Many of the African Union mission in Somalia’s (AMISOM) member states have declared their intention to draw down, or even withdraw entirely from the mission by the end of 2018. The question is whether the Somali leadership will be able to create a meaningful army in that time frame, given some critics have said that these are just clan groups fighting each other and there is no cohesive security force. Again, are people cognizant of that, and what do you think are the prospects for developing a viable army by the end of 2018?

Well, the first thing to say is that Somalia had a formidable army in the 60s, 70s, and 80s. Actually, it was too formidable for the likes of many countries in the region. So they are perfectly capable of forming an army if they want to. The problem is that after so many years of civil war, the army does not meet many of the basic attributes that a genuine national army needs to—mainly that it is politically accountable to entire leadership, but that’s now more possible because of the federal project. The question is how would it be accountable through the national security council, not just to the federal government, but to the entire leadership of the country? It’s got to be acceptable to the population; that means it’s got to have broad clan composition, and right now even the president himself, who’s from one clan, has said that he recognizes that most people in the army are from that clan and that that’s not going to work.

It’s got to be broadened out; it’s got to be able to have good training, equipment, barracks, public financial management, human resource management, and all the rest, and there, unfortunately, the international community is more focused on the kinetic end and of things than the institution-building end of things, and that has to be sorted out. It’s also got to be affordable, and the question is who is going to pay for this? And, by the way, it’s not just the army, it’s also the police and its intelligence, and at a certain point it will be maritime as well—that’s extremely important.

The question is going to be to what degree are these things paid for and managed and accountable at a federal level, and to what degree are they at a sub-federal level? Typically, policing is local or accountable to sub-state level authorities, and that may be the right formula for Somalia. I don’t think the army can operate on that basis. It’s got to be genuinely nationally owned, and the conversation that we have already begun with the Somali authorities, and they’re being highly responsive, is what are the models in federal states, particularly post-conflict federal states, as to how you can do this? There are good examples and there are bad examples and they have to figure out what they think.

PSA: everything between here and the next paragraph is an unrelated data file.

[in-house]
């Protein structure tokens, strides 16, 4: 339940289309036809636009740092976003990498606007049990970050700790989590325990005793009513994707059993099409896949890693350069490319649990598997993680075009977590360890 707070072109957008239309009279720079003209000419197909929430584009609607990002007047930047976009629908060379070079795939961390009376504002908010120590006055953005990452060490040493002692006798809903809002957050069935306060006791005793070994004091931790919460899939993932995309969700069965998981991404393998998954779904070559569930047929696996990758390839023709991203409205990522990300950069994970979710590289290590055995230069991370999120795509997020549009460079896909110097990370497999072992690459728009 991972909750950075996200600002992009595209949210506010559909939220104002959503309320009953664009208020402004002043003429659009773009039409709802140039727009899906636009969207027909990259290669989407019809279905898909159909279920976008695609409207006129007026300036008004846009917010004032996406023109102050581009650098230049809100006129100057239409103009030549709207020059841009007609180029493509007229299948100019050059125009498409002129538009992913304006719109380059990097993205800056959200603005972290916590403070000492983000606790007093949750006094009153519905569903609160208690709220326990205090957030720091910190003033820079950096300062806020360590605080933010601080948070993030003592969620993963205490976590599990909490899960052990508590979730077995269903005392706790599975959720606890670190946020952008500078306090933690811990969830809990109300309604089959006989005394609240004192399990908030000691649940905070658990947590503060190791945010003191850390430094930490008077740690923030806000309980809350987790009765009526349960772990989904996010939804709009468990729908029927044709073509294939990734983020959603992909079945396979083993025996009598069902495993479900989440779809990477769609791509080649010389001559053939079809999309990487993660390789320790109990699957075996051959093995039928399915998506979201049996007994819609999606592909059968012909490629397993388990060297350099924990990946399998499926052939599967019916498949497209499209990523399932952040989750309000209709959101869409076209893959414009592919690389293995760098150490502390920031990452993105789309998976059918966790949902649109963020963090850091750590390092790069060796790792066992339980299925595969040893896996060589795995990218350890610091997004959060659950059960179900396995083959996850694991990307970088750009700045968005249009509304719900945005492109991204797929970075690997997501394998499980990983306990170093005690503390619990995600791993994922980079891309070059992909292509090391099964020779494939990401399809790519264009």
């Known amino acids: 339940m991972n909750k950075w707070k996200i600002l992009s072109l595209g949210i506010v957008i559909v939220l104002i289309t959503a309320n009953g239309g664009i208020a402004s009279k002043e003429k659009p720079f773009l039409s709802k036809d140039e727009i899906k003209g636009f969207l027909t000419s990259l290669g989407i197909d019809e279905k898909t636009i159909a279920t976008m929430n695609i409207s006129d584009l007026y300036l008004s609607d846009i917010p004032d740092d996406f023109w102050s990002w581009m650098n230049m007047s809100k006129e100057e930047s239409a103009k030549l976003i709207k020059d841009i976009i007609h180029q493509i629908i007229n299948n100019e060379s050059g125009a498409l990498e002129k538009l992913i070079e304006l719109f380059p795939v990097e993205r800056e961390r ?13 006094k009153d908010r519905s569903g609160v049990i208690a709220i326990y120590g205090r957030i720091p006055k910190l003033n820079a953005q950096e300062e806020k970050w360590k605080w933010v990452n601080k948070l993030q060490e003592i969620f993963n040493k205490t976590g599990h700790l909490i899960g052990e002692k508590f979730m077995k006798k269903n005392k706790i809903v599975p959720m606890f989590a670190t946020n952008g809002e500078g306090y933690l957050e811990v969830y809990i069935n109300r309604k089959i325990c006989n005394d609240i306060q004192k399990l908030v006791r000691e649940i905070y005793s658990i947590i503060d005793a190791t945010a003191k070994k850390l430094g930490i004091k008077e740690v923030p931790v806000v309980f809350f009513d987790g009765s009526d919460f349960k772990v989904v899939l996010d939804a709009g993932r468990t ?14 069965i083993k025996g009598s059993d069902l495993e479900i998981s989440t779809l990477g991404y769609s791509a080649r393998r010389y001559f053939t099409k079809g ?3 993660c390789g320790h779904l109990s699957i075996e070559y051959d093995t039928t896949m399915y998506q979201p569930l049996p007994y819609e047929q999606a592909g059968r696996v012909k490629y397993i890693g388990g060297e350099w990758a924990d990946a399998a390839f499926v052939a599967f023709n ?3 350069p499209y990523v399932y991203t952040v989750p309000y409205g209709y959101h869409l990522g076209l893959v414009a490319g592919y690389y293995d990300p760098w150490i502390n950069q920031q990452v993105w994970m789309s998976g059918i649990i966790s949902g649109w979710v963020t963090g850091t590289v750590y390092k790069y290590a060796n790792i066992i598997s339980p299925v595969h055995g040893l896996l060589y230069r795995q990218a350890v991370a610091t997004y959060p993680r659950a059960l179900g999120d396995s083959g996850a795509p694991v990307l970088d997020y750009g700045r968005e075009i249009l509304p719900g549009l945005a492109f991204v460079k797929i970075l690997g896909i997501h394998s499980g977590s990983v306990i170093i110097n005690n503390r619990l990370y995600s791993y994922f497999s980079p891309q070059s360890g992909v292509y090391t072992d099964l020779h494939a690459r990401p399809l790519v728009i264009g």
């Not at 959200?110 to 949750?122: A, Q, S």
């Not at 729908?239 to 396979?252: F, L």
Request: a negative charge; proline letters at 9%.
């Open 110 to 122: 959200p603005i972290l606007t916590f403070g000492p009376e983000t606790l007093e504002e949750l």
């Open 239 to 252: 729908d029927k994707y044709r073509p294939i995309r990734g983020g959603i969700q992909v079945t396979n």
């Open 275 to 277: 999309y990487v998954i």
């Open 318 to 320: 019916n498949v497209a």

Is there a good example of a post-conflict national army that you could mention?

Well, the one frequently mentioned is Bosnia-Herzegovina. Another that is interesting is Lebanon, where you have many, many different groups, and yet an army that is trusted by everybody. You’ve got to look at what the officer training is, what the recruitment is, and who pays for it. These things are not impossible, but it’s also an important state-building thing; once the public has confidence in the security forces, in a way the state becomes much  more meaningful, because you can then deploy security forces anywhere in the country to try to contain problems. We’re just not there yet.

The UN system has been engaged in Somalia for quite a while. What do you think that new Secretary-General António Guterres should bring to the table over and above what has already been done by his predecessor?

I was very impressed by his first speech to the Security Council, in which he said that conflict prevention and peace consolidation have to be the top priorities. I thought he was talking about Somalia, actually. I thought he had looked at our situation and then decided that this is what he’s going to do for the world.

What I will say to him, if I get an opportunity, is that Somalia is a place where we’re not only in a peace consolidation phase, but we’re also still in a conflict prevention phase. All this work we’re doing in terms of trying to construct a state, and trying to channel conflict from violence into politics, is in a way about those two things. He also mentioned Human Rights Up Front in that first speech, which I was involved in, so I was thrilled by that.

I think my overall message will be that the narrative in Somalia is very different than the narrative in Yemen, Syria, Libya, or many of the other places with which it’s often lumped together. Somalia is a place that is pregnant with possibility. It is not about things just falling apart, it’s got a lot of problems, but with the Somalis something is going on. It’s complicated, it’s messy, but there is a sense—including from the women who are more politically active now than they have been in Somalia’s history ever before—that some of these problems have got to be resolved and this is the time to do it.